I’ve used hot water from the tap instead of boiling, but that can take forever. Steaming it is the best process in my opinion. Just be careful not to leave it on too long or it will begin to boil itself, giving you all sorts of air bubbles. This step can also be repeated as many times as you’d like until you get the right ‘purity’ for your taste.
Speaking of things taking too long, one of the biggest variances I’ve seen in other instructions is how long to let it set. I left mine overnight in these instructions, but that makes it a 3 day process. I mostly did it because of my personal schedule and convenience, but since I didn’t try 3-4 hours as a set time (which is what some instructions say) I put overnight in the instructions. However, I have done it with the 3-4 hour set time and seen success. Just make sure it is solid, and not, “Well I really want to shoot it now and that seems solid enough” solid. Your results when you shoot won’t be good, if you can even handle it without breaking it apart first. So experiment, but know 3-4 hours should work, and overnight definitely works.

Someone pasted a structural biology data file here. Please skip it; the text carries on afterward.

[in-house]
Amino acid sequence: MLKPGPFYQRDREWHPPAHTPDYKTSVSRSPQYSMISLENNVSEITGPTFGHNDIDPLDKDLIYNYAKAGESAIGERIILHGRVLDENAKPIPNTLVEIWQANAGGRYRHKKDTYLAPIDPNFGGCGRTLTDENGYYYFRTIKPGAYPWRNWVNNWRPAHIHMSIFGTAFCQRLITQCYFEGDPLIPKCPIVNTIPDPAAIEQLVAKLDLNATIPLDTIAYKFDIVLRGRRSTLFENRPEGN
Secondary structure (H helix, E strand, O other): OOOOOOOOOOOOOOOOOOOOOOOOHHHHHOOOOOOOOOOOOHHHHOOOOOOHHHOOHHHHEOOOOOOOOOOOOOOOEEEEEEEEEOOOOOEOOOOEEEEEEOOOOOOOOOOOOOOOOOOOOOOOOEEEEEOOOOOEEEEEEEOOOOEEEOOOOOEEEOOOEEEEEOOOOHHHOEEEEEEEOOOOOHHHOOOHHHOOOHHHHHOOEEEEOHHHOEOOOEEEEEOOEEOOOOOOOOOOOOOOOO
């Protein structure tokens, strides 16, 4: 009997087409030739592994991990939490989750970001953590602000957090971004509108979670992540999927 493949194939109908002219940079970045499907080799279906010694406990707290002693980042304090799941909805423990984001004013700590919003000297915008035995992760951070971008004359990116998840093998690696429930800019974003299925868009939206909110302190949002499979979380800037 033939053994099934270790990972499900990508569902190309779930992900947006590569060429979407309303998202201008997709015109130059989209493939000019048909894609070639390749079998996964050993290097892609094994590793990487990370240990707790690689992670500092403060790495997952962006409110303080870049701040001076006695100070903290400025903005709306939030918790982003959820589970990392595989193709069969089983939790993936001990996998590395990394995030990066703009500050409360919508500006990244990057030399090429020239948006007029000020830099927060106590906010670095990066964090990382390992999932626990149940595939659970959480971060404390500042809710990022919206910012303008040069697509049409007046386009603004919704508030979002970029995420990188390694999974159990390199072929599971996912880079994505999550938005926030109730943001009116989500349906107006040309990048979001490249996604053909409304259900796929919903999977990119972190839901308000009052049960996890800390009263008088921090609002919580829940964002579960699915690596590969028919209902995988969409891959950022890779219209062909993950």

You may have also noticed I said get cooking spray, but I didn’t mention it at all in the instructions. This is because I didn’t use it. Some people prefer to spray their pans first to help with the release of the block, but I was able to pull the gel out of the pan with my fingers with no destruction to the block or any of it sticking to the pan. So use it if you like, but I found it unnecessary (that statement will probably come back to haunt me in future batches).
Finally some history on Ballistics Gel. The most commonly used professional mix is made by Knox, and as you may have noticed so is the stuff we used here. It’s because they kind of have the market cornered on gelatin. That’s good news though because it means we have the same fundamental ingredients in the consumer food product. The difference is that Knox adds some proprietary ingredients to help it hold its structure at room temperature and to ensure a close resemblance to human flesh. We only have the basic gel here, but with a few tweaks as listed above and careful handling we can still get a very similar result. Just don’t try to use those results in a court room…
Well there you have it: The Easiest DIY Ballistics Gel Method on the Internet. As always I’m open to suggestions and critique. If you think there’s a better way to do it, please let us know in the comments.
To learn more and see other fun firearms and survival related projects head on over to my site at http://survivaldefenselab.com